Looking more locally, similar improvements were made in Somerville, New Jersey in an effort to encourage and increase pedestrian traffic through the downtown. While not a shared street, Division Street in downtown Somerville does represent a prioritized pedestrian design with its transformation into a pedestrian mall. With the removal of vehicles from the street, Somerville hopes that the storefronts will become more engaging for pedestrians and that the pedestrian mall will be used for a multitude of outdoor events. Such a space reserved solely for pedestrians will offer a welcome reprieve from the more dangerous road conditions passing close by on State Highway 28.
One of the most significant urban design elements necessary for encouraging pedestrian activity is a mix of uses in the downtown areas. In his article, Benfield stresses that people need both something to walk to and somewhere to walk from in the downtown and thus it is important to provide both housing and commercial uses for pedestrians to utilize. An industry leader in this and also local to New Jersey is the redevelopment in Robbinsville appropriately titled “Washington Town Center”. The development, which was complete in the early 2000s features nearly 1,200 residential units and a commercial core of restaurants and shops, thus providing both the residential density and commercial resources for high levels of pedestrian activity. In the years since construction finished, the development has been incredibly successful, so much so, that an additional development dubbed “Town Center South” has been proposed on adjacent land. This type of development, mixed use and pedestrian oriented, plays a vital role in promoting walkability and helping people feel like they can walk to their destinations.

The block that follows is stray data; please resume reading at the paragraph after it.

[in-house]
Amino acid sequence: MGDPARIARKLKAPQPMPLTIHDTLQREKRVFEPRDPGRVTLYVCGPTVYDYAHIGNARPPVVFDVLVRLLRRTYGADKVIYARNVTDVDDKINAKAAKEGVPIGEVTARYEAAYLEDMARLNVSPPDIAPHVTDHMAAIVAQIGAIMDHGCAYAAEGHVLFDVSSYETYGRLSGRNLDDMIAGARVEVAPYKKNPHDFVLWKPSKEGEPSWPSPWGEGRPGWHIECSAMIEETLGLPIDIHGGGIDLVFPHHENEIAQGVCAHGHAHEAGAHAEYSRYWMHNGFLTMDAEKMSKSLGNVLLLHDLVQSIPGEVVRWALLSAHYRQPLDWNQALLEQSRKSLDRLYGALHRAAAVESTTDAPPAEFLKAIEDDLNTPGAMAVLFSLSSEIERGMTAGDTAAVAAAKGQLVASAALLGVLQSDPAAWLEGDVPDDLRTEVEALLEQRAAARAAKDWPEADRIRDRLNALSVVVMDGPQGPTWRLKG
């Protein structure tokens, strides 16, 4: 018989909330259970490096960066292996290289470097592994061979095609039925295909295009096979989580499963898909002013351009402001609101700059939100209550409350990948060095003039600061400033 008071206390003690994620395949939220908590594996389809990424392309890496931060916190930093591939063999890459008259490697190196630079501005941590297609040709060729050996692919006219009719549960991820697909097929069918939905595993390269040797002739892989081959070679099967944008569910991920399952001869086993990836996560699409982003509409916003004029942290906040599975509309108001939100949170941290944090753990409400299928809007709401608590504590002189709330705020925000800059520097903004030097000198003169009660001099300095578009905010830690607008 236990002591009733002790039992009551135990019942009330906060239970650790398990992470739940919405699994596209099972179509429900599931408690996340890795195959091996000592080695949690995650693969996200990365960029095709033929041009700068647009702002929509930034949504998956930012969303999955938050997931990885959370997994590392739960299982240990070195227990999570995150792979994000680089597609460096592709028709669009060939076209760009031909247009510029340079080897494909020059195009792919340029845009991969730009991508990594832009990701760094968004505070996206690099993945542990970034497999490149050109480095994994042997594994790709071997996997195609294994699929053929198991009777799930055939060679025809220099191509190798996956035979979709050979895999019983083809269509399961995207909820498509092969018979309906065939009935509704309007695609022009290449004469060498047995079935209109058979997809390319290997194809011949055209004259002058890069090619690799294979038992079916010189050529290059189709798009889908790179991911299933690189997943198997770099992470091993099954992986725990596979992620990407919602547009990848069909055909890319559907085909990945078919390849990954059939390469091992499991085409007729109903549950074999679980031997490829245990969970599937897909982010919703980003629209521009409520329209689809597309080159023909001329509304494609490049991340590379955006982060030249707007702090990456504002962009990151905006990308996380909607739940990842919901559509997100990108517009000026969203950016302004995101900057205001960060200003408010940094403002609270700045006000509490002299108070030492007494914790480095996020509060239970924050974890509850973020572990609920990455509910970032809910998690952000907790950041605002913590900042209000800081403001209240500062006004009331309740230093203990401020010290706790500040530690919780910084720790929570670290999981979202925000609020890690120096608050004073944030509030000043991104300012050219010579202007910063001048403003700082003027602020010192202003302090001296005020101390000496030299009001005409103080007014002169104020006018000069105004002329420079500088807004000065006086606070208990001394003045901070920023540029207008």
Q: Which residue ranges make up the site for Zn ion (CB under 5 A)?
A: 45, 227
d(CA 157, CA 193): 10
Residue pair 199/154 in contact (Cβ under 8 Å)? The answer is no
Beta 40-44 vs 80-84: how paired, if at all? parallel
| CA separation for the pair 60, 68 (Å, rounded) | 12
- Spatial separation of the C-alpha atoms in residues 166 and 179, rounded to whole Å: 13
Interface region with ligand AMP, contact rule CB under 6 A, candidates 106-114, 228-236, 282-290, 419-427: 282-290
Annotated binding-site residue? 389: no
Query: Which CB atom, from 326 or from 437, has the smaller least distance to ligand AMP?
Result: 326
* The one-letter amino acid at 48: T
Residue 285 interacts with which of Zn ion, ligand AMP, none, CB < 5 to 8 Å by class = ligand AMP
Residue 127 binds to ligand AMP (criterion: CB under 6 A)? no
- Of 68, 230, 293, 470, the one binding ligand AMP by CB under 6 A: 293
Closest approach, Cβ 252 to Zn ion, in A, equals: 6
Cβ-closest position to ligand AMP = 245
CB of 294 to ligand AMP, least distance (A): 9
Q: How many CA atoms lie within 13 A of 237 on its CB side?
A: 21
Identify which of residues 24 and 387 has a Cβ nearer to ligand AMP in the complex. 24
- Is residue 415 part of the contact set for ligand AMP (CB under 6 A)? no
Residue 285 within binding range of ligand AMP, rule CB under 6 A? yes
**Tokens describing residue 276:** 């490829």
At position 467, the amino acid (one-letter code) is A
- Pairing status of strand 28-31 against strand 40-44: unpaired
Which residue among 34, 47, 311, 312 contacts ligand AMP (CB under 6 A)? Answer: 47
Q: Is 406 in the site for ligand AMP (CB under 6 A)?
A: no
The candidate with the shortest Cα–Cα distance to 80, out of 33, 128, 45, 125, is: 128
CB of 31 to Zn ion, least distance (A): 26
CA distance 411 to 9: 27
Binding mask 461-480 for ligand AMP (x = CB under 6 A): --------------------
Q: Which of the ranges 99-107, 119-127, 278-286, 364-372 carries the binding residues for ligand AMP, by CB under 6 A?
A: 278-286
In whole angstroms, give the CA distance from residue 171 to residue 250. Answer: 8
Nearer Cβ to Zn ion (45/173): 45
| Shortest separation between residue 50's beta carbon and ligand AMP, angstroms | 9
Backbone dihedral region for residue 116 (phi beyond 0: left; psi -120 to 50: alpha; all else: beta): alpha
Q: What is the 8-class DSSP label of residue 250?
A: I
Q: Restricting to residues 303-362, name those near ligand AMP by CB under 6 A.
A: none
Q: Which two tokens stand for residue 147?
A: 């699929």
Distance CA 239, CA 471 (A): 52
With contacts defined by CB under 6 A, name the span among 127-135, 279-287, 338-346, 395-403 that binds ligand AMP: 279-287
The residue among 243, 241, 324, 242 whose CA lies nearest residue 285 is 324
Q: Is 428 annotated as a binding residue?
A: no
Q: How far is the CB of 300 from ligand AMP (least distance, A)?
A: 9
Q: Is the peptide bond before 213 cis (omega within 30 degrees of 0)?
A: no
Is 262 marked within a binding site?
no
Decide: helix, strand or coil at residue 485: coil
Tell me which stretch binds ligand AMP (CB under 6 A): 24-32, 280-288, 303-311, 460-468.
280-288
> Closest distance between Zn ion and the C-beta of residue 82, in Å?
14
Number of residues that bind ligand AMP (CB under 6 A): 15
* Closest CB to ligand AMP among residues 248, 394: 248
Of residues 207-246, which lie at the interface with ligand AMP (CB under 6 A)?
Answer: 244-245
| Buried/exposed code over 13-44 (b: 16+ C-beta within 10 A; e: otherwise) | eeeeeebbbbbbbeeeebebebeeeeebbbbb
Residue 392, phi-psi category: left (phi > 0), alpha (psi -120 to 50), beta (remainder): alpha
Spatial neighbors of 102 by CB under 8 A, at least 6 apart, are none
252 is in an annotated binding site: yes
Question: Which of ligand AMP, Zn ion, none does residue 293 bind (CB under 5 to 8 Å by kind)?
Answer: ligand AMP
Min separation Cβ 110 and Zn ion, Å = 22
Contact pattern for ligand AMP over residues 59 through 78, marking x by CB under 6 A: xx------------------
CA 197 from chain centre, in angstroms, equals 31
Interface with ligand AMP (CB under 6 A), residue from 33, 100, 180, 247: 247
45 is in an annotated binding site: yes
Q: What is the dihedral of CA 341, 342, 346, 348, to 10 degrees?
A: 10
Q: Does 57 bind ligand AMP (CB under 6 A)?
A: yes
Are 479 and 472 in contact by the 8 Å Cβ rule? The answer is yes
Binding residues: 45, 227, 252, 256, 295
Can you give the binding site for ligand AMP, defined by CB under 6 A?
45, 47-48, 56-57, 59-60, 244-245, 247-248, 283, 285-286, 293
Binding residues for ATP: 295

Public transit also plays a vital role in promoting pedestrian activity because it acts as a tool with which people can alter their trip modes to incorporate walking into various legs of their trips. New York City is known for having some of the most accessible public transit in the world and Portland, Oregon is known for the high quality of its transit. New York City (particularly Manhattan) takes advantage of its incredible density by providing a comprehensive subway system throughout the borough that is supplemented with buses and a bike network. Portland utilizes a combination of street cars, subways, buses, and a light rail to seamlessly move people throughout the city efficiently and the entire process is streamlined with a useful phone app and helpful customer service representatives. Closer to home, Jersey City, NJ is a prime example of a city well-served by public transportation with its array of buses, ferries, subways, a commuter rail, and a light-rail. Public transit is so vital for encouraging pedestrian movement and walkability throughout a downtown because it allows people to leave their car at home and supplement longer walking trips with segments of public transportation. Transit systems like the ones mentioned above are essential in encouraging future walkability and in areas well-served by transit people should seek out these resources and experiment with increased walking trips.